If you’ve found this homepage, chances are that you’ve been experiencing some strange symptoms recently when playing your instrument.
Perhaps your fingers feel out of control or do unexpected movements, or your embouchure feels awkward or it leaks air on the sides. Maybe your shoulder tenses up when you use your bow, or your feet respond strangely on the pedal.
Any of these frustrating and alarming symptoms can be a sign of Musician’s Focal Dystonia, a neurological motor disorder, experienced by approximately 1% of musicians all over the world.
Musician’s Focal Dystonia: a common condition
If you received a diagnosis from a neurologist or talked to colleges you might have heard that the condition is not curable, and indeed, that is the official verdict.
This is what I was led to believe when I suffered from the condition in 2010, completely losing my flute embouchure in the course of only one week, at the peak of my freelancing career. Luckily enough, I did not believe the rumours, and I was not prepared to give up this easily. In the following years, I retrained myself to my former level of playing and returned to my career.
Coaching and scientific background
Soon after my recovery, many musicians suffering from the condition found me and were eager to know how I got rid of my symptoms. As I was giving advice to them, I slowly began to develop a therapy which I use to this day. It is partially based on my own recovery, but I also learned a lot on the way from musicians, medical professionals, Alexander Technique teachers, physiotherapists, music psychologists, and former sufferers, refining my ideas with every single step.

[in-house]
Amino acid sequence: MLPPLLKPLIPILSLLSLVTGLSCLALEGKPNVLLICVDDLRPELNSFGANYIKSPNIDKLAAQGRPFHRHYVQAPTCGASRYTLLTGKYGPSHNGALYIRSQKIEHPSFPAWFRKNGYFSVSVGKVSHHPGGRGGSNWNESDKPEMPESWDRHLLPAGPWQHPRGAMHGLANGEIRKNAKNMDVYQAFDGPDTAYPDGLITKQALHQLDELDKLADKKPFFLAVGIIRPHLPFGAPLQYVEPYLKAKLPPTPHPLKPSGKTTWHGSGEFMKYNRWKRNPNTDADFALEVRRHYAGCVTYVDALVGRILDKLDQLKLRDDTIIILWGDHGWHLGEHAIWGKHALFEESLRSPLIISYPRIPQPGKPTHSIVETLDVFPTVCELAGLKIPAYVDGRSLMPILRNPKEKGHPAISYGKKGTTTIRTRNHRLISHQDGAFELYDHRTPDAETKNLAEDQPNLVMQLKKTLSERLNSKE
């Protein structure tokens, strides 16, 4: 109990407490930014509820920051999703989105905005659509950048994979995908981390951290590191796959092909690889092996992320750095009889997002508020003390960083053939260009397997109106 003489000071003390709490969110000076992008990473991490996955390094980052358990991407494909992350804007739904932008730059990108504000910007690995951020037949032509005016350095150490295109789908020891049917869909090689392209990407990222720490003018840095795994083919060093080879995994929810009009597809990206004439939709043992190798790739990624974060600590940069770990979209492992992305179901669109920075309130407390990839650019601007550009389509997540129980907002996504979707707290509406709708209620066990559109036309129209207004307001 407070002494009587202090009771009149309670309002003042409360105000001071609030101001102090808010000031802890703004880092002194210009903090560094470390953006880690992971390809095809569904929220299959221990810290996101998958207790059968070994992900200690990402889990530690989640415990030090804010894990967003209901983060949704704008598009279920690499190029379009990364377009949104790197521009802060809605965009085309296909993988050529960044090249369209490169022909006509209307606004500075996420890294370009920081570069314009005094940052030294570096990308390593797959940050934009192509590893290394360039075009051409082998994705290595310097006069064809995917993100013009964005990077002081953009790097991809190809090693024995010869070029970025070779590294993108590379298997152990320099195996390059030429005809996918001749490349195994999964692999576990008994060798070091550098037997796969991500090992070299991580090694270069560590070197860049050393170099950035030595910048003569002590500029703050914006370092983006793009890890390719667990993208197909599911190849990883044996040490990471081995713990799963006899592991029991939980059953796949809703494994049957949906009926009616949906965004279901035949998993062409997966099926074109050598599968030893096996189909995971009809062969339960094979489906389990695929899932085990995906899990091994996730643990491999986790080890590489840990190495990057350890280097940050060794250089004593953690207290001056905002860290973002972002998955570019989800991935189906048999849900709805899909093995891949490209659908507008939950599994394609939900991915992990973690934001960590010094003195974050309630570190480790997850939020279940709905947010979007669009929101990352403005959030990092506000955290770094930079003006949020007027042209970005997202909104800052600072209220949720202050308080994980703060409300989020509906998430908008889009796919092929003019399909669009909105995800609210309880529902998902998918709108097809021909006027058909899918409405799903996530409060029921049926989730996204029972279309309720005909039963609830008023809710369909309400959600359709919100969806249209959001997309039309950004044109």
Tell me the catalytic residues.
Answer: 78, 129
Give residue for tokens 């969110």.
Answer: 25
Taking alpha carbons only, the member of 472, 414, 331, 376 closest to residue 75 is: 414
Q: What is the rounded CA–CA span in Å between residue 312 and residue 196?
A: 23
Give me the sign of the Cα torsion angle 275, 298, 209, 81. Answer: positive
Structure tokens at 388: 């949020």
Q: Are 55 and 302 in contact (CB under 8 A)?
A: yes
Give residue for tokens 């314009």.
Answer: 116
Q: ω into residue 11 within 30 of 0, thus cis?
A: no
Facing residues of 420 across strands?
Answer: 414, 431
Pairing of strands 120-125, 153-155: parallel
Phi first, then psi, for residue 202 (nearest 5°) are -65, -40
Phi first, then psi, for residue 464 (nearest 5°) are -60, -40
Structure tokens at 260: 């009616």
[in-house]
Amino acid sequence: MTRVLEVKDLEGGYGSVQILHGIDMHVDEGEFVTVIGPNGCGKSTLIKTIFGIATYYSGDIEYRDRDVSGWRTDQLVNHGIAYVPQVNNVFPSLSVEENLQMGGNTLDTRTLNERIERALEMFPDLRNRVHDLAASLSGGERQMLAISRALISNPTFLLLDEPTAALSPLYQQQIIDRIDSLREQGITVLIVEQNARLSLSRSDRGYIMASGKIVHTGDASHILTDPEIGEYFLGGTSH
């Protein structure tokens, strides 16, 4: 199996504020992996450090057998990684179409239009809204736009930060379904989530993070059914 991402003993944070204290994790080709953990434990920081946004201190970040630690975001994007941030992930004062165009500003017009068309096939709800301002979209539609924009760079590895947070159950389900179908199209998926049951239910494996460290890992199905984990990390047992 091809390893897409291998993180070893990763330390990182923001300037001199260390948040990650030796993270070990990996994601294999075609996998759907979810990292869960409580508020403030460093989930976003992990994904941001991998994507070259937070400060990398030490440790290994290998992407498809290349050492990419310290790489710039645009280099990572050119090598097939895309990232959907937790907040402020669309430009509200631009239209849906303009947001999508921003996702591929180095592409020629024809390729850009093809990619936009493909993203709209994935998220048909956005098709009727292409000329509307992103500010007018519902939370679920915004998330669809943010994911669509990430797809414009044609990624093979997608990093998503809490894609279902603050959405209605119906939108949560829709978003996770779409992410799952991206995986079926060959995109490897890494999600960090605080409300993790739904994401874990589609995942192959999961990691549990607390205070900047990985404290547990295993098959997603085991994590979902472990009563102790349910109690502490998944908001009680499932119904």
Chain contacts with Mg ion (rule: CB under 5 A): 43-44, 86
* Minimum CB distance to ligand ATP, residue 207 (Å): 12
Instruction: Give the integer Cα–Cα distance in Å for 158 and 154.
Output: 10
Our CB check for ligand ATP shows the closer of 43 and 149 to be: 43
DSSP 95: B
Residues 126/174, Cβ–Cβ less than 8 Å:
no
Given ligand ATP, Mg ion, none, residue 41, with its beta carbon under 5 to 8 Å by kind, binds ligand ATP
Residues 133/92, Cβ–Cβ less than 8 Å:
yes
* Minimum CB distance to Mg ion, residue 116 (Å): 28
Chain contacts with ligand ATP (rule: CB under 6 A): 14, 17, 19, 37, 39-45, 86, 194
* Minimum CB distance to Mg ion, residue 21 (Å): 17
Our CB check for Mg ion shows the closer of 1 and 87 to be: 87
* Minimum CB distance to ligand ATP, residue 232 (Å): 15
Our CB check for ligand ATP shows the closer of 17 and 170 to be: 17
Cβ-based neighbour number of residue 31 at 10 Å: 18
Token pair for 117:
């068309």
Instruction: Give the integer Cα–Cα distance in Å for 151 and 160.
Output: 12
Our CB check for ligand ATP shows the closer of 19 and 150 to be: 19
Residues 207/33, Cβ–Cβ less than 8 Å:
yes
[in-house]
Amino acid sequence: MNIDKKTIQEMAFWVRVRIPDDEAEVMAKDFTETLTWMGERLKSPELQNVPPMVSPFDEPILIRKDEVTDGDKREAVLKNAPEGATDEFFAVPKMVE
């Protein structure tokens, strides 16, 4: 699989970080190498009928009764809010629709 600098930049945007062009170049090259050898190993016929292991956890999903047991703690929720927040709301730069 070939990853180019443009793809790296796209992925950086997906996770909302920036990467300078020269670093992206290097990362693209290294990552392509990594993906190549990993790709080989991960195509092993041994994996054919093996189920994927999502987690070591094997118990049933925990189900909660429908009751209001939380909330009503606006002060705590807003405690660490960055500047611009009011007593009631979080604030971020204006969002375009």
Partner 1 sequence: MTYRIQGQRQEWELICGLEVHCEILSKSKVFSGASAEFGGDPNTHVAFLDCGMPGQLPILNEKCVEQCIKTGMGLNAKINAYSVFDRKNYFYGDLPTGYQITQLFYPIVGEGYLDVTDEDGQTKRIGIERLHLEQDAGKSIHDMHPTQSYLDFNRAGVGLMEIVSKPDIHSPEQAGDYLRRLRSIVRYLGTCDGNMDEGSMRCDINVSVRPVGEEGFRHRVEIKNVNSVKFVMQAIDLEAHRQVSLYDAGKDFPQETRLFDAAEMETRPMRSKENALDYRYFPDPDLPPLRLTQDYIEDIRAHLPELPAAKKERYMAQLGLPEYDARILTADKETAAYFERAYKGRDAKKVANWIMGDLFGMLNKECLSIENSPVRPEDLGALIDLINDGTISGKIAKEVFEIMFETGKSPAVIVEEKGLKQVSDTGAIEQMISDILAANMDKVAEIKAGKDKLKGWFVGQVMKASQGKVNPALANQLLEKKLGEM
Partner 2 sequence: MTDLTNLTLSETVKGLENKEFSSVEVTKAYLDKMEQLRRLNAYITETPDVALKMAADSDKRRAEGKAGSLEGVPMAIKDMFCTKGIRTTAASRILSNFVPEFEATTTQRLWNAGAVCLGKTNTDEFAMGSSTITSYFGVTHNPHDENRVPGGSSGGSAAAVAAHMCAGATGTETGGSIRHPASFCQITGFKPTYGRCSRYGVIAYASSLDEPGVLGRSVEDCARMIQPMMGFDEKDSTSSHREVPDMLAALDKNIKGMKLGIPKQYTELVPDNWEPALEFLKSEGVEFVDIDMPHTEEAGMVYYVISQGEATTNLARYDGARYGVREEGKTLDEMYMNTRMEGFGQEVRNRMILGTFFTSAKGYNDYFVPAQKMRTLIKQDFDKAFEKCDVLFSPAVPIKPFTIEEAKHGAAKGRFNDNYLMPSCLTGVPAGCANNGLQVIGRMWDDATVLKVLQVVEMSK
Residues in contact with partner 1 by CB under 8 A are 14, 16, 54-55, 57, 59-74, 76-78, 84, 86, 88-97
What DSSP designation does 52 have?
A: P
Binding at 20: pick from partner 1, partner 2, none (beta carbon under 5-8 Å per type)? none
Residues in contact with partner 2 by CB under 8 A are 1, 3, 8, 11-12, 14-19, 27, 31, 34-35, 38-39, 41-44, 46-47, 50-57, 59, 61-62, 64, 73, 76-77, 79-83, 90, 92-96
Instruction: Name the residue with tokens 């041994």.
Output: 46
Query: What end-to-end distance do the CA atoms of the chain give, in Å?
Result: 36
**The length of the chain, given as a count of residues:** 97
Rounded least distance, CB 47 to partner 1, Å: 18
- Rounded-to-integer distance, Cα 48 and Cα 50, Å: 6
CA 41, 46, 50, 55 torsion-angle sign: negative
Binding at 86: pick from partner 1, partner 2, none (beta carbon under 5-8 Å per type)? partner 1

I also felt the need to research the condition in a more formal and scientific way, therefore I completed a Master of Science course at the Royal College of Music in London with distinction, majoring in Performance Psychology. Following that, I was offered a Ph.D. position at the University of York with the Arts and Humanities Research Council’s scholarship to continue my research into MFD, which I am undertaking now.
In this page, I offer advice, support and rehabilitation information based on the combination of personal experience and scientific research – and also coaching, if you wish to have a retraining tailored to your specific needs.
You will find essays with a more scientific approach and references under ‘The science of focal dystonia’ and short articles about personal views and experiences under ‘Blog’.
I hope that the information you find on this page is helpful to you!
BA Hon, MA, MSc Hon